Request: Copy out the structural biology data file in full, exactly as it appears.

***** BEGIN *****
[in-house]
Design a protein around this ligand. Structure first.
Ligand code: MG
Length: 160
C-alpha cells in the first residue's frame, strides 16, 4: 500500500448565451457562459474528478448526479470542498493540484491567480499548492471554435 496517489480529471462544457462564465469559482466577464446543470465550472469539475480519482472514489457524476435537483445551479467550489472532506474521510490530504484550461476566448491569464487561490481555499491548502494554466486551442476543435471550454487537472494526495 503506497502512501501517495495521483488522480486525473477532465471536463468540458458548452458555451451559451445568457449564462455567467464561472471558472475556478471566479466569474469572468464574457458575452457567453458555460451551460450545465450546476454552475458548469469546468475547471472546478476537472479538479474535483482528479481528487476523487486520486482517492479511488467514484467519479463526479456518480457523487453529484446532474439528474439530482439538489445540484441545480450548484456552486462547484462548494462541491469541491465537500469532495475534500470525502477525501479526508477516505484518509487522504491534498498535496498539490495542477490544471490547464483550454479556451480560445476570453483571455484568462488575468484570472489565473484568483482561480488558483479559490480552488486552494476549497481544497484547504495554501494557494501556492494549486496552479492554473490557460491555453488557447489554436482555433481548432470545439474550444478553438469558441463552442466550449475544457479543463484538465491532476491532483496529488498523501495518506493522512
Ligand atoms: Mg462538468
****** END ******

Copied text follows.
[in-house]
Design a protein around this ligand. Structure first.
Ligand code: MG
Length: 160
C-alpha cells in the first residue's frame, strides 16, 4: 500500500448565451457562459474528478448526479470542498493540484491567480499548492471554435 496517489480529471462544457462564465469559482466577464446543470465550472469539475480519482472514489457524476435537483445551479467550489472532506474521510490530504484550461476566448491569464487561490481555499491548502494554466486551442476543435471550454487537472494526495 503506497502512501501517495495521483488522480486525473477532465471536463468540458458548452458555451451559451445568457449564462455567467464561472471558472475556478471566479466569474469572468464574457458575452457567453458555460451551460450545465450546476454552475458548469469546468475547471472546478476537472479538479474535483482528479481528487476523487486520486482517492479511488467514484467519479463526479456518480457523487453529484446532474439528474439530482439538489445540484441545480450548484456552486462547484462548494462541491469541491465537500469532495475534500470525502477525501479526508477516505484518509487522504491534498498535496498539490495542477490544471490547464483550454479556451480560445476570453483571455484568462488575468484570472489565473484568483482561480488558483479559490480552488486552494476549497481544497484547504495554501494557494501556492494549486496552479492554473490557460491555453488557447489554436482555433481548432470545439474550444478553438469558441463552442466550449475544457479543463484538465491532476491532483496529488498523501495518506493522512
Ligand atoms: Mg462538468